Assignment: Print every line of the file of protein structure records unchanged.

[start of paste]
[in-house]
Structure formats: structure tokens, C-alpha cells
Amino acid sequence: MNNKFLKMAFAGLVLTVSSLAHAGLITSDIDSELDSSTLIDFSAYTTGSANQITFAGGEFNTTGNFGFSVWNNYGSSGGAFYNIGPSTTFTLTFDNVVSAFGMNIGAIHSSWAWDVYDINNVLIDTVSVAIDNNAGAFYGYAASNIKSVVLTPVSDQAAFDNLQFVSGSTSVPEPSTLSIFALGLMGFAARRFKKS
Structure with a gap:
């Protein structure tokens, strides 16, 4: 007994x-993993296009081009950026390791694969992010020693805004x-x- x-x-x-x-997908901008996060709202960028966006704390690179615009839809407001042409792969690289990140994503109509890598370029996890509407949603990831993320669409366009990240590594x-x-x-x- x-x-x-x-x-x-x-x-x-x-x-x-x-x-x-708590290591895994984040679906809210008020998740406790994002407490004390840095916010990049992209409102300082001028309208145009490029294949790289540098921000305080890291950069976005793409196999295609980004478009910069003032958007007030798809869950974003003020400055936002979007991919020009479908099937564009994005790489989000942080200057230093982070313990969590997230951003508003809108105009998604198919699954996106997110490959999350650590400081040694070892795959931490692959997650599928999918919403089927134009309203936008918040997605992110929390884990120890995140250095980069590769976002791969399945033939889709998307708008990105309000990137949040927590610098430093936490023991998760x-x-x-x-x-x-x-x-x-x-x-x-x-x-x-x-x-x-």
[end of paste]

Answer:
[in-house]
Structure formats: structure tokens, C-alpha cells
Amino acid sequence: MNNKFLKMAFAGLVLTVSSLAHAGLITSDIDSELDSSTLIDFSAYTTGSANQITFAGGEFNTTGNFGFSVWNNYGSSGGAFYNIGPSTTFTLTFDNVVSAFGMNIGAIHSSWAWDVYDINNVLIDTVSVAIDNNAGAFYGYAASNIKSVVLTPVSDQAAFDNLQFVSGSTSVPEPSTLSIFALGLMGFAARRFKKS
Structure with a gap:
């Protein structure tokens, strides 16, 4: 007994x-993993296009081009950026390791694969992010020693805004x-x- x-x-x-x-997908901008996060709202960028966006704390690179615009839809407001042409792969690289990140994503109509890598370029996890509407949603990831993320669409366009990240590594x-x-x-x- x-x-x-x-x-x-x-x-x-x-x-x-x-x-x-708590290591895994984040679906809210008020998740406790994002407490004390840095916010990049992209409102300082001028309208145009490029294949790289540098921000305080890291950069976005793409196999295609980004478009910069003032958007007030798809869950974003003020400055936002979007991919020009479908099937564009994005790489989000942080200057230093982070313990969590997230951003508003809108105009998604198919699954996106997110490959999350650590400081040694070892795959931490692959997650599928999918919403089927134009309203936008918040997605992110929390884990120890995140250095980069590769976002791969399945033939889709998307708008990105309000990137949040927590610098430093936490023991998760x-x-x-x-x-x-x-x-x-x-x-x-x-x-x-x-x-x-």